Perhaps but the RAAF is really seeking the cost savings of a single fast jet type. The Growlers are there to future proof the fleet, so the 30 million odd spent was worth it.

Quoting StealthZ (Reply 4):
The White paper then talks about a 4th squadron of F-35, has anyone noticed that almost every graphic or "artists impression" of the 2 "Canberra Class" LHD currently on order depicts what appears to be a "Ski Jump"?
Is there a chance that a number of the later delivery Lightnings for the RAAF(or dare I say it the RAN) may be B models?

It would be a great idea and really enhance the capability of the RAAF and RAN to support operations in SE Asia. It would be relatively easy to piggyback on UK and US training programs for the jet. Saying that I don't think it will happen, it would be a very political issue between the services.

Quoting Connies4ever (Reply 6):
w.r.t. the new "long-range' attack subs, any chance these will be nukes ? Or will they have air independent propulsion (AIP) ?

The White paper states they will not be nukes. While AIP is an option there is a lot of great work going on with fuel cells at the moment that are very promising for long range submarine operations.

Quoting SASD209 (Reply 7):
I thought the RAN sub fleet was intended for continental defense as opposed to say, the US or UK SSN fleet which patrols all over the world? I'd wager that a nice AIP equipped SSK with Harpoon or MM.40 capability would fit the bill quite nicely.

Considering where the RAN Oberon class operated during the Cold War Australian submarines are more flexible than simply continental defence. The Collins already have Harpoon and I expect the RAN is looking for the next generations of submarine weapons systems. The white paper spoke of unmanned submersible vehicles etc so it will be interesting to see where they go with this.

Quoting TruemanQLD (Reply 9):
Having such a small population and a huge area, Australia would be very easy to invade.

On the contrary, this works in our favour. Unless you go right for the east coast where all the people are (and where most of the fighter aircraft are based) just about every military in the world would grind to a halt attempting to negotiate and resupply through the north of Australia.

Quoting TruemanQLD (Reply 9):
or a purchase of more A330 Tankers

Now this is a good idea. An extra 5 airframes would significantly increase the capability of the RAAF fighter fleet. I expect though that any increase may come through civil conversions and not new build aircraft.

I'd like to know what type of refuelling probe the RAAF is expecting on the F-35s? The aircraft should have a boom or hose and drogue option. Both have their positives and negatives so will be interesting to see which way they go.

Other interesting insights from the White paper...A rationalised helicopter fleet likely based on the MRH90, land attack cruise missiles for the RAN (probably tomahawk), a new littorial combat vessel to replace the patrol boats that will likely have more of a role within the pacific region and potentially a SAR satellite.

Interesting times ahead for the ADF!!!


User currently offlineLumberton From United States of America, joined Jul 2005, 4708 posts, RR: 20
Reply 12, posted (5 years 2 months 3 weeks 2 days 14 hours ago) and read 8175 times:

More on the 2009 White Paper here.
http://www.defense-aerospace.com/art...cations-of-aussie-white-paper.html

[Edited 2009-05-04 06:37:48]


"When all is said and done, more will be said than done".
User currently offlineSASD209 From British Indian Ocean Territory, joined Oct 2007, 642 posts, RR: 0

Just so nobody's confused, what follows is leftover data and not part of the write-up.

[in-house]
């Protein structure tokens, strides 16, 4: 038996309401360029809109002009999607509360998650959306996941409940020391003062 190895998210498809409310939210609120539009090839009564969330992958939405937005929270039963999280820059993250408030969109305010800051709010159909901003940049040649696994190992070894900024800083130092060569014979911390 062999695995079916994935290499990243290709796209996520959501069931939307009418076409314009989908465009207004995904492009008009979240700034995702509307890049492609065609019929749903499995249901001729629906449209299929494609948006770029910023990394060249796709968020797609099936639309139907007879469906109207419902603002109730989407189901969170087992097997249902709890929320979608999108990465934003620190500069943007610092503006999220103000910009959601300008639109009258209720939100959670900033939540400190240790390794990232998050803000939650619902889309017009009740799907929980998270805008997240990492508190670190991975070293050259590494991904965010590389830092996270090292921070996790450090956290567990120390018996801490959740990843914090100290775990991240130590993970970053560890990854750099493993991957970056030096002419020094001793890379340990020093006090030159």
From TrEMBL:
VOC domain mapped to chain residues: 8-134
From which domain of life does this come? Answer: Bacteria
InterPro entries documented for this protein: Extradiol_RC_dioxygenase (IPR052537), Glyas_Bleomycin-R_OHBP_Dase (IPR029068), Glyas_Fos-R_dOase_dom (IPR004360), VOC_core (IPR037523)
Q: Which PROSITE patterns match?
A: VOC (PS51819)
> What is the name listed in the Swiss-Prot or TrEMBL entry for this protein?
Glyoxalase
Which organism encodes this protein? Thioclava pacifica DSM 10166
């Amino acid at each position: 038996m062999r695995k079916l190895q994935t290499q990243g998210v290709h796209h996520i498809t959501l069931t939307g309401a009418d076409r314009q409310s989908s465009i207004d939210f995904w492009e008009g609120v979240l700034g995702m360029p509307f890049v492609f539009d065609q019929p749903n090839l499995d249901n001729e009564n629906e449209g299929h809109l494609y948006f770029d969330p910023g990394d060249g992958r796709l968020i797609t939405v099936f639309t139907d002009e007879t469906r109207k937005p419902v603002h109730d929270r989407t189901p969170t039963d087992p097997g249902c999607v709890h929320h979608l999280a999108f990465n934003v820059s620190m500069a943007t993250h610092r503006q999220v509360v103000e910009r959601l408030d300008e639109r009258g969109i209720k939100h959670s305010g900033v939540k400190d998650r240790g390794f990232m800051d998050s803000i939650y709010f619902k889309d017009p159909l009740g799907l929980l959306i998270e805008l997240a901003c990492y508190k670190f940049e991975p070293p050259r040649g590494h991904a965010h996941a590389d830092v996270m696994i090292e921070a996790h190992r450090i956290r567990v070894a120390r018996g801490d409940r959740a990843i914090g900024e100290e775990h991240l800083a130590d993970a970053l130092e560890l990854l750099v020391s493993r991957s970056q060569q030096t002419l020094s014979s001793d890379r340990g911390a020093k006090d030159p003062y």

Reply 13, posted (5 years 2 months 3 weeks 2 days 10 hours ago) and read 8128 times:



Quoting Ozair (Reply 11):
Considering where the RAN Oberon class operated during the Cold War Australian submarines are more flexible than simply continental defence. The Collins already have Harpoon and I expect the RAN is looking for the next generations of submarine weapons systems. The white paper spoke of unmanned submersible vehicles etc so it will be interesting to see where they go with this.

I am aware that various navies operated differently during the cold war than they do today....I was commenting on how the RAN currently and in the future will operate their sub force, which I was under the impression was for local patrolling and sea control.
As for AIP, it's interesting to note that "...backfitting of AIP to the Collins class had been dropped due to the excellent submerged endurance and low indescretion rates experienced with the Collins". Taken from Combat Fleets 2005-06. The same source also supposed that Tomahawk "may be added later". I'd expect the new class to have this capability at the outset.


User currently offlineSASD209 From British Indian Ocean Territory, joined Oct 2007, 642 posts, RR: 0
Reply 14, posted (5 years 2 months 3 weeks 2 days 3 hours ago) and read 8053 times:

I wanted to edit my previous post, but couldn't..

In addition, Aviation Week ( Australia To Double Sub Force; Endorses F-35 ) had this interesting little snippet in their article online today:
"There is a strong hint that the Navy also has won a campaign to place a quick order for the Sikorsky SH-60R antisub helo, instead of waiting a few years for Eurocopter NFH90s. The government says it will buy at least 24 naval rotorcraft “as a matter of urgency.”

I thought SIK was full-up with US Navy production, where could they "sneak-in" 24 quick production slots for this?


User currently offlineLegs From Australia, joined Jun 2006, 235 posts, RR: 0
Reply 15, posted (5 years 2 months 3 weeks 2 days 2 hours ago) and read 8039 times:



Quoting SASD209 (Reply 14):
where could they "sneak-in" 24 quick production slots for this?

They could always do something similar to what they did with the C-17 procurement, and buy some of the existing slots, with the USN accepting new slots tacked onto the end of production


User currently offlineOzair From Australia, joined Jan 2005, 841 posts, RR: 1
Reply 16, posted (5 years 2 months 3 weeks 1 day 17 hours ago) and read 7962 times:



Quoting SASD209 (Reply 13):